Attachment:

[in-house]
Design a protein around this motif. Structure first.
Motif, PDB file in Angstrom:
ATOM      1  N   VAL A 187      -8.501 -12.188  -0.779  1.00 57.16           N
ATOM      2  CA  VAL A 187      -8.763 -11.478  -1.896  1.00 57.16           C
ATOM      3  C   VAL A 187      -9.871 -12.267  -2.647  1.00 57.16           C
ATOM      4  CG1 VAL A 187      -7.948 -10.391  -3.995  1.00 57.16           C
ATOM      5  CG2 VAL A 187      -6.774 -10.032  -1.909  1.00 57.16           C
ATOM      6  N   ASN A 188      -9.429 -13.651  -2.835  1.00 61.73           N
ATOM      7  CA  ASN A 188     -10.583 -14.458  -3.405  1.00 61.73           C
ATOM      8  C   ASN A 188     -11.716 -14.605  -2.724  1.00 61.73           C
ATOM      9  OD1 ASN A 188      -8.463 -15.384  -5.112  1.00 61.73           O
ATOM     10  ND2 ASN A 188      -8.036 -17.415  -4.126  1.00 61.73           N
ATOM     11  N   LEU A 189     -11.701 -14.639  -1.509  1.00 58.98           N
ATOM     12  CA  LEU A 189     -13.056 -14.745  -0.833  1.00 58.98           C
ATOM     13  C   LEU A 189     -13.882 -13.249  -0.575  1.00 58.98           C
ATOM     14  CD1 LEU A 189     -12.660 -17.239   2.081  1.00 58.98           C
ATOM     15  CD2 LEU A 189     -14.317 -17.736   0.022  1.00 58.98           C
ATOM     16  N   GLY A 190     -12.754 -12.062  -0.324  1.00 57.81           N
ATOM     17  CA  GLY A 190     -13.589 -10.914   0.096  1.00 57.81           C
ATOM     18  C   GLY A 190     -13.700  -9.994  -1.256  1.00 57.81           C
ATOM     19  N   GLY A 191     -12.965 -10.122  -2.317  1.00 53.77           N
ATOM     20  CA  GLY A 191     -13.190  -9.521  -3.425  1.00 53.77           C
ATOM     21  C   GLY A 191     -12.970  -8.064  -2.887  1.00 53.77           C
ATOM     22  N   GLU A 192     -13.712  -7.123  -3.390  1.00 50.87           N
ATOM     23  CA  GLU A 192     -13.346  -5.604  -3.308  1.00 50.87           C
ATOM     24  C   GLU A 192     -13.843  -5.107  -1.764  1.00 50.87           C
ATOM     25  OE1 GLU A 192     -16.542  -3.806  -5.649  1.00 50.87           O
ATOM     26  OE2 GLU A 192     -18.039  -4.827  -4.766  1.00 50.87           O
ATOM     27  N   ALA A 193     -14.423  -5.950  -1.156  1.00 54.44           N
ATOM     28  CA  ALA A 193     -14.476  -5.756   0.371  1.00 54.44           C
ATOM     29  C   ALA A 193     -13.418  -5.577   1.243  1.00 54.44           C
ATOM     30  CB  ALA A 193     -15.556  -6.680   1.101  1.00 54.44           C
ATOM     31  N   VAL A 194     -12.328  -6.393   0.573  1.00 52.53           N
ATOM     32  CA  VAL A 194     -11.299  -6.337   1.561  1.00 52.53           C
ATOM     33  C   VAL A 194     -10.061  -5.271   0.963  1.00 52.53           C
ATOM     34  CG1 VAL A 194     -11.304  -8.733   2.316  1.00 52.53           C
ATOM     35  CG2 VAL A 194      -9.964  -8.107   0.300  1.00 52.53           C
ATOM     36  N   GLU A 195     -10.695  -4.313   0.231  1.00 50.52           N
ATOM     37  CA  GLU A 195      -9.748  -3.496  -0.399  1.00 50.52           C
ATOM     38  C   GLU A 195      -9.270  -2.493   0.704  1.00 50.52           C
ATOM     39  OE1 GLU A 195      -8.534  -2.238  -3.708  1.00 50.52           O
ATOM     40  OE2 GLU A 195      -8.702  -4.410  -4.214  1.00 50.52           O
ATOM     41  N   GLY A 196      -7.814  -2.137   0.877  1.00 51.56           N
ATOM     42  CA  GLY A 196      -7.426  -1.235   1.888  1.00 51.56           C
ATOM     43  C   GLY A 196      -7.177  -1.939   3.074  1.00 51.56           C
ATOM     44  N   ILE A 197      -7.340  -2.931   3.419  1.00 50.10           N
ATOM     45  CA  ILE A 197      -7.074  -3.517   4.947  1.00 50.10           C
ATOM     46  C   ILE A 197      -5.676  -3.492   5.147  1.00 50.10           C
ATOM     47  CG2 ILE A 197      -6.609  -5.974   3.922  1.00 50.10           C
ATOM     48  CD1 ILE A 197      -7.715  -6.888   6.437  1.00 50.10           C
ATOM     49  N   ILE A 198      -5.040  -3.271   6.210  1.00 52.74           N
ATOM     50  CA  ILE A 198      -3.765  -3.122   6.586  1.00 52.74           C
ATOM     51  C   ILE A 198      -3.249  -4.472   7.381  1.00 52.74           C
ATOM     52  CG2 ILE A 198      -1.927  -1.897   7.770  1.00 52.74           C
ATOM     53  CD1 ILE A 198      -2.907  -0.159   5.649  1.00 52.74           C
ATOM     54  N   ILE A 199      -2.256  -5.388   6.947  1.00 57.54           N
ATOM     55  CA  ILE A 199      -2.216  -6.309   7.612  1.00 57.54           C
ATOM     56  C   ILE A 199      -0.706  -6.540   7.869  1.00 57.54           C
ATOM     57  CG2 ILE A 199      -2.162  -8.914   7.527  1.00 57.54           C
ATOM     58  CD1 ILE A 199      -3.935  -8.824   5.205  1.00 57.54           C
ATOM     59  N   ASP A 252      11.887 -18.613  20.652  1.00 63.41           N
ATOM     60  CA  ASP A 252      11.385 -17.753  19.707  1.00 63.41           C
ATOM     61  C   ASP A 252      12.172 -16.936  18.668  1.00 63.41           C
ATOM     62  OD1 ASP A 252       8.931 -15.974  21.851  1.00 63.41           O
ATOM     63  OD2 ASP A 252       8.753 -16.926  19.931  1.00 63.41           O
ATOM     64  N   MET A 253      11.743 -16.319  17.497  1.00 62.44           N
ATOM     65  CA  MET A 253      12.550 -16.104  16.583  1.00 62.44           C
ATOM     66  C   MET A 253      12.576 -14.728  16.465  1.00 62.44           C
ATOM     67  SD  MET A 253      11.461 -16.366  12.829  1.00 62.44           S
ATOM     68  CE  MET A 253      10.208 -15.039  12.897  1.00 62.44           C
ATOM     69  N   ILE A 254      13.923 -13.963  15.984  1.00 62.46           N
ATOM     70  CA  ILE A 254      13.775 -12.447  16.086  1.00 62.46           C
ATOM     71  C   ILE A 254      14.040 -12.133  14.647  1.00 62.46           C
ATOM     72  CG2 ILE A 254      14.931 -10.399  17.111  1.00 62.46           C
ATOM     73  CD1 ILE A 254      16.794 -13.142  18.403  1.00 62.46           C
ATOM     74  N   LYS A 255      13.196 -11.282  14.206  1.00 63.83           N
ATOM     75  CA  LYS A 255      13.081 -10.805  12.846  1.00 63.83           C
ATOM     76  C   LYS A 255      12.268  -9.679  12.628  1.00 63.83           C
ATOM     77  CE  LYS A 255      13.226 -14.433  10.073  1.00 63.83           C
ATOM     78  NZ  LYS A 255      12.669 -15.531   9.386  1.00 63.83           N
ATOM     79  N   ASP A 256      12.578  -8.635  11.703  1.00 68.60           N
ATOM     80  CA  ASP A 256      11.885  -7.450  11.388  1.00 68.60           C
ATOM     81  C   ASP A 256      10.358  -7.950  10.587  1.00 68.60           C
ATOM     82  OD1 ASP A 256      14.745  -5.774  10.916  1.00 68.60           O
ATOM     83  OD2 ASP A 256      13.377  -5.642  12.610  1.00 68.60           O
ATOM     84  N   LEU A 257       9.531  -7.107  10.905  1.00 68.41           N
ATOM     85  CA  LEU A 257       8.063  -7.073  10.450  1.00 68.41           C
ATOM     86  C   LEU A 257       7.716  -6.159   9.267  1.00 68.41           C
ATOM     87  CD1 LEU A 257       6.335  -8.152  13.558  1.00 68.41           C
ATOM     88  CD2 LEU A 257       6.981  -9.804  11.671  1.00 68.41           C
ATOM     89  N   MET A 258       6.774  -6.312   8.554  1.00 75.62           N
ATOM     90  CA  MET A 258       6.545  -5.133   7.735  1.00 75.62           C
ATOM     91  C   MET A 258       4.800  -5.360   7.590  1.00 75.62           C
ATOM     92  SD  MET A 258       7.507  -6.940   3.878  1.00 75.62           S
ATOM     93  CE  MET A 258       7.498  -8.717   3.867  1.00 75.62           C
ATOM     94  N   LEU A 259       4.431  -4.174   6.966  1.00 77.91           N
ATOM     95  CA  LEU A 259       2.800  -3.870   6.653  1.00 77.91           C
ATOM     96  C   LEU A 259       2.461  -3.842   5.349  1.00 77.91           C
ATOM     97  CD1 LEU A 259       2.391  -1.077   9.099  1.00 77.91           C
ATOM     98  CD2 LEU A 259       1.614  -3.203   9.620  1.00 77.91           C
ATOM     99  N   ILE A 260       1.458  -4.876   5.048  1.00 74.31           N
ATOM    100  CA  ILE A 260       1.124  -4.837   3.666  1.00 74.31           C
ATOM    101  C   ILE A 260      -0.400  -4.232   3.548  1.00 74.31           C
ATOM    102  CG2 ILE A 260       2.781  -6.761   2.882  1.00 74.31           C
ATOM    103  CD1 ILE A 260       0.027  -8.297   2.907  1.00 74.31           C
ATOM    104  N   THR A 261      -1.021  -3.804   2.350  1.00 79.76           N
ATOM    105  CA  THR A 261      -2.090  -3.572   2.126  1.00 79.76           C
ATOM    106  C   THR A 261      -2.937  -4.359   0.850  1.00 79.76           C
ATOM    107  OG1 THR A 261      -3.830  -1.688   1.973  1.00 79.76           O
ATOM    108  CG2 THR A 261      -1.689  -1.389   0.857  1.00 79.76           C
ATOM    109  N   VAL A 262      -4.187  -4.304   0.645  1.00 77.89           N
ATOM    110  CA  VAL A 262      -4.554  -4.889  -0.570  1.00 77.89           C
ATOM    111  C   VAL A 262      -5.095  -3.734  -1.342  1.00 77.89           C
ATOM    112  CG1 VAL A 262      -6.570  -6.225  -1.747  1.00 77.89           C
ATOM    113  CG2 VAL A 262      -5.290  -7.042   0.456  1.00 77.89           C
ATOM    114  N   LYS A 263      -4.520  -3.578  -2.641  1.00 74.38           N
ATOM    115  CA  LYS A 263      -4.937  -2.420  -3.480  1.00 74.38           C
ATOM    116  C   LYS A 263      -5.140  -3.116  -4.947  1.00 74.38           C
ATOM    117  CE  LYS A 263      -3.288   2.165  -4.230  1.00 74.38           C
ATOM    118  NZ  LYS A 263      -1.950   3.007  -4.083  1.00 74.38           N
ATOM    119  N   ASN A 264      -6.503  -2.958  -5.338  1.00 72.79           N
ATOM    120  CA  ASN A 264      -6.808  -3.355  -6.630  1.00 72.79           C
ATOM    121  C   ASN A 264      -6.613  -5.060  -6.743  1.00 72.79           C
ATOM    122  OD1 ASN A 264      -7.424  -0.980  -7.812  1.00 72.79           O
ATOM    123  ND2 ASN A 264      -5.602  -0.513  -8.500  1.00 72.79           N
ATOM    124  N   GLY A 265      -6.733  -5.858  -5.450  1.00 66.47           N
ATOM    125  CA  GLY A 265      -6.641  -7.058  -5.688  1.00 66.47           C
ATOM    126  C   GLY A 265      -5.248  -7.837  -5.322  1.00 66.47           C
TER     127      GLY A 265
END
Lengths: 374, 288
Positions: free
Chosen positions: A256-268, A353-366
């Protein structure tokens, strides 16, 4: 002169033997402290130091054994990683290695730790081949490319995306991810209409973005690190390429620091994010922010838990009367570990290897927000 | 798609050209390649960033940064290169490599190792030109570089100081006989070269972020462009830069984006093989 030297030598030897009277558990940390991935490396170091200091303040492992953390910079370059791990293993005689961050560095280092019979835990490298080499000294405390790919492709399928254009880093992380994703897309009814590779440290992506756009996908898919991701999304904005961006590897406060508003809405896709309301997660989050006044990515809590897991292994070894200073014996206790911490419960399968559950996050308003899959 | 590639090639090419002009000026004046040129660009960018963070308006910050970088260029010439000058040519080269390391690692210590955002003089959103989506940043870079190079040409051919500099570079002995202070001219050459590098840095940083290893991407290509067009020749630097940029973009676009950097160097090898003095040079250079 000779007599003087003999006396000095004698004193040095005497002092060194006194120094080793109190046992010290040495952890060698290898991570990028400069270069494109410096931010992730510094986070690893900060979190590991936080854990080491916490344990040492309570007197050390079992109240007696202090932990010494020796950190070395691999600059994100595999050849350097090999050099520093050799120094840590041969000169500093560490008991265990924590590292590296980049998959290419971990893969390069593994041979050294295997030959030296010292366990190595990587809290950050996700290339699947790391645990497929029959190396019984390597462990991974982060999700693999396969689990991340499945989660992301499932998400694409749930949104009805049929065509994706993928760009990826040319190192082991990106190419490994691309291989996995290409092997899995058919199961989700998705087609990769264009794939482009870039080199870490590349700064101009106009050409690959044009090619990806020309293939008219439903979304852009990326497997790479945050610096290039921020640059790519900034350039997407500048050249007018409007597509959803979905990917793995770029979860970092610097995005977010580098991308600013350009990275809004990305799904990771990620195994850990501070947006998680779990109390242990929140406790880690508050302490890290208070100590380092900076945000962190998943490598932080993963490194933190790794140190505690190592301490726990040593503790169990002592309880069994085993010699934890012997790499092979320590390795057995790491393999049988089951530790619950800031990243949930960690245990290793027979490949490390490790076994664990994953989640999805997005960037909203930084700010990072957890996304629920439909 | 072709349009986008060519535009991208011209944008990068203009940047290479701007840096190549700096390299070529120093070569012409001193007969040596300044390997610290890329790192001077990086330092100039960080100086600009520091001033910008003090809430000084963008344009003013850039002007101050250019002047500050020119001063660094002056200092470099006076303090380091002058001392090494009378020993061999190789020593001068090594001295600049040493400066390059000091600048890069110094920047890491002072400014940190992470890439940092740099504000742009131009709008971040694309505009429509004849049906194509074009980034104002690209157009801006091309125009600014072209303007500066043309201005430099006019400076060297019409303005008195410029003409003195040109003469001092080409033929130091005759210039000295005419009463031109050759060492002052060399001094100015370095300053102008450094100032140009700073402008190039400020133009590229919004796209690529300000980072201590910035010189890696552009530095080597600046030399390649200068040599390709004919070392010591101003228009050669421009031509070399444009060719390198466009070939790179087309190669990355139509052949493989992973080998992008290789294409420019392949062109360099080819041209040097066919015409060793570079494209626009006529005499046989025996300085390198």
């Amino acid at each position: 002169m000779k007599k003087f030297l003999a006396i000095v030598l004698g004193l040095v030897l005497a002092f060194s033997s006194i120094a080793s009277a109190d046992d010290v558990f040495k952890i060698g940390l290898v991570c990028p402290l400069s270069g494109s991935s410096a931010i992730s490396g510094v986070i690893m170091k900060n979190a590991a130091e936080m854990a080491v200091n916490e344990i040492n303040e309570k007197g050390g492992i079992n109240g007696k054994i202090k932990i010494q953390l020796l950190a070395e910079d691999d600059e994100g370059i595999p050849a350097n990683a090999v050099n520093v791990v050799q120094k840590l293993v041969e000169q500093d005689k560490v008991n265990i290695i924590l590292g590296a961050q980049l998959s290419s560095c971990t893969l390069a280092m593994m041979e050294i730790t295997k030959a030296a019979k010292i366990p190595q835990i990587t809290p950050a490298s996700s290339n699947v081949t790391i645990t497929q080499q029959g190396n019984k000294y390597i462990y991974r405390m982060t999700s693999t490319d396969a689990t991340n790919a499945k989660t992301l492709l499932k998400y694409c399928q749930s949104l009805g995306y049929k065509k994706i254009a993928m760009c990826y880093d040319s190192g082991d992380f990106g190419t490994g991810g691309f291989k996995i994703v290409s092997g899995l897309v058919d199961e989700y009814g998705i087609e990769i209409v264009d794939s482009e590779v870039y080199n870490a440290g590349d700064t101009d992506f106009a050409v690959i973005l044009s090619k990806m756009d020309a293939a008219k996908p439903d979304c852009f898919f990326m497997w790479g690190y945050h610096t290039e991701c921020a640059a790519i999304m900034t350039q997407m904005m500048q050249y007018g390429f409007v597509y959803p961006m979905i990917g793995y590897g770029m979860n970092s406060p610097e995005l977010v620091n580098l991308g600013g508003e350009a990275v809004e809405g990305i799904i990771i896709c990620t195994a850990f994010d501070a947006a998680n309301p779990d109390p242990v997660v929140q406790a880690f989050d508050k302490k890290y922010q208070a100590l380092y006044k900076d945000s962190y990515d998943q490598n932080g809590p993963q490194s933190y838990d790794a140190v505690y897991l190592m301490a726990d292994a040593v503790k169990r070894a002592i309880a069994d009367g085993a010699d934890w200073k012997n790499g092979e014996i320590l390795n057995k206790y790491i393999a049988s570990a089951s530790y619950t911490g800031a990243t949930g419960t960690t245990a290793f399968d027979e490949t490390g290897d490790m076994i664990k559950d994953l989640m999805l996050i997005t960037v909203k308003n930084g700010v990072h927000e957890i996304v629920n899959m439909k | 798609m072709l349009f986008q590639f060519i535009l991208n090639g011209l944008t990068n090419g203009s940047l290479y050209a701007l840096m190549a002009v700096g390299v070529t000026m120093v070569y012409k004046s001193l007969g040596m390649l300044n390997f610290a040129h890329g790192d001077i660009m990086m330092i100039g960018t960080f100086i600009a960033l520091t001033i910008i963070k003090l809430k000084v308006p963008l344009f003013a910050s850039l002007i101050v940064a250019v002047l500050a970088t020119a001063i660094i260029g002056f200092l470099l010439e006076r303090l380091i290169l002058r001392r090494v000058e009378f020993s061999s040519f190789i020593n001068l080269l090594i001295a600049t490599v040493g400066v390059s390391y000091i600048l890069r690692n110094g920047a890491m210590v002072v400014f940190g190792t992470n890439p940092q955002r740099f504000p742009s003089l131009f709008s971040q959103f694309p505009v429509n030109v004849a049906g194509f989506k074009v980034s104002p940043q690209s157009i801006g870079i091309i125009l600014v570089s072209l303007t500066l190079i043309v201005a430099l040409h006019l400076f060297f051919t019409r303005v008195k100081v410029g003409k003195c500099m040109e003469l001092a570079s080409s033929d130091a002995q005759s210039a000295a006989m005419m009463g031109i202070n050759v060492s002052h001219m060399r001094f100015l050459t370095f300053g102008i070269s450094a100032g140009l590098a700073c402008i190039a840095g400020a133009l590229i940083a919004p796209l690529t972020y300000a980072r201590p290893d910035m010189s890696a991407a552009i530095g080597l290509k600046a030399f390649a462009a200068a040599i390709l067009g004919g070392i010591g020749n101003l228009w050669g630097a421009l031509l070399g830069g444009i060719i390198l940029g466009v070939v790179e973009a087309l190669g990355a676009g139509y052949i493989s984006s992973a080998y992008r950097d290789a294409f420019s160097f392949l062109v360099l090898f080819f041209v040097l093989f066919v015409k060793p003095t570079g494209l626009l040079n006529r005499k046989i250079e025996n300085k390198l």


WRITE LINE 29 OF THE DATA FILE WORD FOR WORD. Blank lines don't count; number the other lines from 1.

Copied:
ATOM     26  OE2 GLU A 192     -18.039  -4.827  -4.766  1.00 50.87           O